Download PDFPDF
Outcome of trabeculectomy versus Ahmed glaucoma valve implantation in the surgical management of glaucoma in patients with Sturge–Weber syndrome
Compose Response

Plain text

  • No HTML tags allowed.
  • Web page addresses and e-mail addresses turn into links automatically.
  • Lines and paragraphs break automatically.
Author Information
First or given name, e.g. 'Peter'.
Your last, or family, name, e.g. 'MacMoody'.
Your email address, e.g.
Your role and/or occupation, e.g. 'Orthopedic Surgeon'.
Your organization or institution (if applicable), e.g. 'Royal Free Hospital'.
Statement of Competing Interests


  • A rapid response is a moderated but not peer reviewed online response to a published article in a BMJ journal; it will not receive a DOI and will not be indexed unless it is also republished as a Letter, Correspondence or as other content. Find out more about rapid responses.
  • We intend to post all responses which are approved by the Editor, within 14 days (BMJ Journals) or 24 hours (The BMJ), however timeframes cannot be guaranteed. Responses must comply with our requirements and should contribute substantially to the topic, but it is at our absolute discretion whether we publish a response, and we reserve the right to edit or remove responses before and after publication and also republish some or all in other BMJ publications, including third party local editions in other countries and languages
  • Our requirements are stated in our rapid response terms and conditions and must be read. These include ensuring that: i) you do not include any illustrative content including tables and graphs, ii) you do not include any information that includes specifics about any patients,iii) you do not include any original data, unless it has already been published in a peer reviewed journal and you have included a reference, iv) your response is lawful, not defamatory, original and accurate, v) you declare any competing interests, vi) you understand that your name and other personal details set out in our rapid response terms and conditions will be published with any responses we publish and vii) you understand that once a response is published, we may continue to publish your response and/or edit or remove it in the future.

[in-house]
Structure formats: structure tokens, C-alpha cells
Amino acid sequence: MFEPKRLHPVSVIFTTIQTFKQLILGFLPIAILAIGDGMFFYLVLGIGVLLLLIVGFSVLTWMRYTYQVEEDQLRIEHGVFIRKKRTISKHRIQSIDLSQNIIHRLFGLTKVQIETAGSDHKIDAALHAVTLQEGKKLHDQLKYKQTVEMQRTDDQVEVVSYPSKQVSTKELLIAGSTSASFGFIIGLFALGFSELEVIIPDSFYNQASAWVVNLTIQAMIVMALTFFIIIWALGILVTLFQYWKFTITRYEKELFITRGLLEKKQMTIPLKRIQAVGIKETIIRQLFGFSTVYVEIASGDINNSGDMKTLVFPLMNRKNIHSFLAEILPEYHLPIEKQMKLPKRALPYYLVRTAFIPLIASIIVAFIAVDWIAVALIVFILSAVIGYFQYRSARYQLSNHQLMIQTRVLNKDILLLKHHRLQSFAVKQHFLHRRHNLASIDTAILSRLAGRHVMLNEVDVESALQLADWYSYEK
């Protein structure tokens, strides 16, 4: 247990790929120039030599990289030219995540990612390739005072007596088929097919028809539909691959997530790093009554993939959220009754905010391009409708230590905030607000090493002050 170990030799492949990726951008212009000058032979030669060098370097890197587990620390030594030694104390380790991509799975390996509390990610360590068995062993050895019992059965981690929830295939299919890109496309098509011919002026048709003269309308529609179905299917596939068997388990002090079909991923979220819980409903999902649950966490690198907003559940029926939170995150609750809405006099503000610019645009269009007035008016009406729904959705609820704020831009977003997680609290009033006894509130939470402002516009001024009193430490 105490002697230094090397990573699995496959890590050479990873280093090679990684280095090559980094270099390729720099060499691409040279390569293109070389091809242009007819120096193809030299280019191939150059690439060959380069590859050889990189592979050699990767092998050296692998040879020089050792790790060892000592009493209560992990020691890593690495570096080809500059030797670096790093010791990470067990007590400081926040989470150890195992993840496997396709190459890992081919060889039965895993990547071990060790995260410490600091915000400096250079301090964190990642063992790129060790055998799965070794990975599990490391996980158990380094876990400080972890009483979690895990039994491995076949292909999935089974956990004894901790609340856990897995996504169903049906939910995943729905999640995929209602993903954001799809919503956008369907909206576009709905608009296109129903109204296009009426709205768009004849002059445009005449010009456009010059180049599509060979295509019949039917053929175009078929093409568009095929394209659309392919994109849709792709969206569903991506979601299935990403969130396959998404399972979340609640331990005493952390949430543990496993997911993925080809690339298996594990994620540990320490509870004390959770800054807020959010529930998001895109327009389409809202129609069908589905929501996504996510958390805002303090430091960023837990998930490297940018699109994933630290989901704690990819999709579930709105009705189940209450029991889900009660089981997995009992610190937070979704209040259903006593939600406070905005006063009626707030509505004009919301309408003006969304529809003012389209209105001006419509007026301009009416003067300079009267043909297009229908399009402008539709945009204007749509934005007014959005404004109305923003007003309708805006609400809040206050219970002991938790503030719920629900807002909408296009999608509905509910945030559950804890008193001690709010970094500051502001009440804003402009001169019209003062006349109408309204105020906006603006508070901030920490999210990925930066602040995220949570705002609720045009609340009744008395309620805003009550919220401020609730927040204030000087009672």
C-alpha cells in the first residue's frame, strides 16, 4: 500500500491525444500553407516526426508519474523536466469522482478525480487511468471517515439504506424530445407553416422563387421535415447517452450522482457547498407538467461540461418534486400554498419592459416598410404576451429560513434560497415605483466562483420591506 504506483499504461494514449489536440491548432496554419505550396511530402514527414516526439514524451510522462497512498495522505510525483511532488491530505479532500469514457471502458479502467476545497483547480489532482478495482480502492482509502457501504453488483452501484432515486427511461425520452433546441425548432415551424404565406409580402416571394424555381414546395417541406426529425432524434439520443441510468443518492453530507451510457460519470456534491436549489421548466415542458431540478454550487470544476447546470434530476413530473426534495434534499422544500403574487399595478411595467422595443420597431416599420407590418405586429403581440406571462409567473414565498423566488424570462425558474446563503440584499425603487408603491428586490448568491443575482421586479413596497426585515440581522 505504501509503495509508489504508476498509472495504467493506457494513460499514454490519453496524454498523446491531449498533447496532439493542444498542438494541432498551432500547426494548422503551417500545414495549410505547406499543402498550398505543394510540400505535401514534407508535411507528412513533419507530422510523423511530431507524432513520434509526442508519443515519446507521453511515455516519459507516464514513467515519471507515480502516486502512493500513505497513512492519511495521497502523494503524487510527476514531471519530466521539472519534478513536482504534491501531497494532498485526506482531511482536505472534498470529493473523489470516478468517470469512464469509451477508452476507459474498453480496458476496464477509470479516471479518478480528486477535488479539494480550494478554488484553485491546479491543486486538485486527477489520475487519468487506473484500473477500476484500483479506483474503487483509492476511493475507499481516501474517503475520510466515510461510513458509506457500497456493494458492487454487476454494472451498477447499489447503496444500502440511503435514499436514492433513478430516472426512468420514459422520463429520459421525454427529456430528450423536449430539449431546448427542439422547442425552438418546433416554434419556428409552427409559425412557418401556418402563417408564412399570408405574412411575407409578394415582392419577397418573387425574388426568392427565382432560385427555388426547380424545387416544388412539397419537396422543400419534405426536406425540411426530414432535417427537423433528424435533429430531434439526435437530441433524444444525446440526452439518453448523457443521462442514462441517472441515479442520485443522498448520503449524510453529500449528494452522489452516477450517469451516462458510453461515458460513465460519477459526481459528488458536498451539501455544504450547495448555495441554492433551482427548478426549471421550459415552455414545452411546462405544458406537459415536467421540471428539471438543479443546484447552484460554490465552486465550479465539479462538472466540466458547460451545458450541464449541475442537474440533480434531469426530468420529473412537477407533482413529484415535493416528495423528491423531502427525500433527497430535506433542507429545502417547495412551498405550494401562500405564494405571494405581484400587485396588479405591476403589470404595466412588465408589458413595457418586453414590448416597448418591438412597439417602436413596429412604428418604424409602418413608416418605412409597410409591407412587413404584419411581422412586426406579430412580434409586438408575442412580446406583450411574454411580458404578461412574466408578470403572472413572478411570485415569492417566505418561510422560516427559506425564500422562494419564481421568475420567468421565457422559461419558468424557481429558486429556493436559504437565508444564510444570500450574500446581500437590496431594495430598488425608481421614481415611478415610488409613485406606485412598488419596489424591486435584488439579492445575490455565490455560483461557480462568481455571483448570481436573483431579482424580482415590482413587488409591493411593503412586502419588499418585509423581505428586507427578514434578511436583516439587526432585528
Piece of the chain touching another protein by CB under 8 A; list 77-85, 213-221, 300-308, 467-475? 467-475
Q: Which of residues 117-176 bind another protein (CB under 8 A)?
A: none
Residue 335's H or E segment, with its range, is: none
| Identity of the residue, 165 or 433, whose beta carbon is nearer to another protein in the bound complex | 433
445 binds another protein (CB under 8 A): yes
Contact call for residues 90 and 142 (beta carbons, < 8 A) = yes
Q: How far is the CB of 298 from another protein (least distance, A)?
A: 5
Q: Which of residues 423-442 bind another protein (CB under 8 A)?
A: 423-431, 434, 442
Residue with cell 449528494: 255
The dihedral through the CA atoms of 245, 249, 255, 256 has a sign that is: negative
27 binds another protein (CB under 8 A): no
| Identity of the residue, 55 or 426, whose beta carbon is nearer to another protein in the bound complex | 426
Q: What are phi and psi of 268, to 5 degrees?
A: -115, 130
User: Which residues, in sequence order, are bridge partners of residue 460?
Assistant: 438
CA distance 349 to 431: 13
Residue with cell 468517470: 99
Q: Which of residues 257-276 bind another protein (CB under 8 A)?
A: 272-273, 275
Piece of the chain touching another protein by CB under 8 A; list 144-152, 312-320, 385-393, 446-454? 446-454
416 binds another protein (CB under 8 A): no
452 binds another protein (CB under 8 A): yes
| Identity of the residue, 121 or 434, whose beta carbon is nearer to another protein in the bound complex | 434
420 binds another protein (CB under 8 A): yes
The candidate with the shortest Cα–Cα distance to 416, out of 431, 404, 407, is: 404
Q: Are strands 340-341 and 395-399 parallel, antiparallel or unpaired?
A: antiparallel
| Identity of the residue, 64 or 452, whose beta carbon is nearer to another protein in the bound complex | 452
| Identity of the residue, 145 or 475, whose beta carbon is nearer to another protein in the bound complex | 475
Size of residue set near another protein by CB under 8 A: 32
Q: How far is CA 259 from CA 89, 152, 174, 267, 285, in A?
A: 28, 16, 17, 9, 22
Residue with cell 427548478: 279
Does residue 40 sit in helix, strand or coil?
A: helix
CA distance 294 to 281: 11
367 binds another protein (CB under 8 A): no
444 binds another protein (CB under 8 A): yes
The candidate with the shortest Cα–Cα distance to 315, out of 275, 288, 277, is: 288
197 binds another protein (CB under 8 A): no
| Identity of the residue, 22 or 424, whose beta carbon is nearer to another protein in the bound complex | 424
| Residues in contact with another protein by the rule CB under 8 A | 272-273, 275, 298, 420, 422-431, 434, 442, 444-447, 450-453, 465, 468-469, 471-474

• By submitting this rapid response you are agreeing to our terms and conditions for rapid responses and understand that your personal data will be processed in accordance with those terms and our privacy notice.
This question is for testing whether or not you are a human visitor and to prevent automated spam submissions.

Vertical Tabs

Other responses

  • Published on:
    Comments on Outcome of trabeculectomy versus Ahmed glaucoma valve implantation in the surgical management of glaucoma in patients with Sturge–Weber syndrome
    • Haishuang Lin, Master of Ophthalmology Wenzhou Medical University
    • Other Contributors:
      • Jinxin Li, Master of Ophthalmology
      • Yuanbo Liang, Ophthalmic Surgeon

    We read with interest the article by Sarker et al(1) in which they compared the outcomes of trabeculectomy versus Ahmed glaucoma valve (AGV) implantation in Sturge–Weber syndrome (SWS) patients with secondary glaucoma aged 11-62 years. As it noted in the paper, the authors found that complete success rates after 24 months were 80% and 70% in the AGV and trabeculectomy groups, respectively, and qualified success rates were 90% and 85% at same period in the AGV and trabeculectomy groups, respectively. We were delighted to get the conclusion that both AGV implant and trabeculectomy appeared to be safe and efficacious in controlling glaucoma secondary to SWS.
    As it reported by Mohamed et al., the complete success rate and qualified success rate (intraocular pressure≤17mmHg) of trabeculectomy reported were 80% and 100% at 12 postoperative follow-up month, respectively(2). However, the qualified success rate (90%) of AGV implantation in SWS patients with secondary glaucoma is higher than that reported by Hamush et al. (79%)(3) and Kaushik et al. (76%)(4) at 2 years of follow-up. Meanwhile, the trabeculectomy with MMC success rate in this study was comparable to other studies about primary glaucoma(5, 6), but the success rate of tube shunt surgery was higher than in prior reports. The qualified success rate of Baerveldt implantation for patients who not had undergone previous incisional ocular surgery was 73% in Primary Tube Versus Trabeculectomy (PTVT) study(6) and 75% rep...

    Show More
    Conflict of Interest:
    None declared.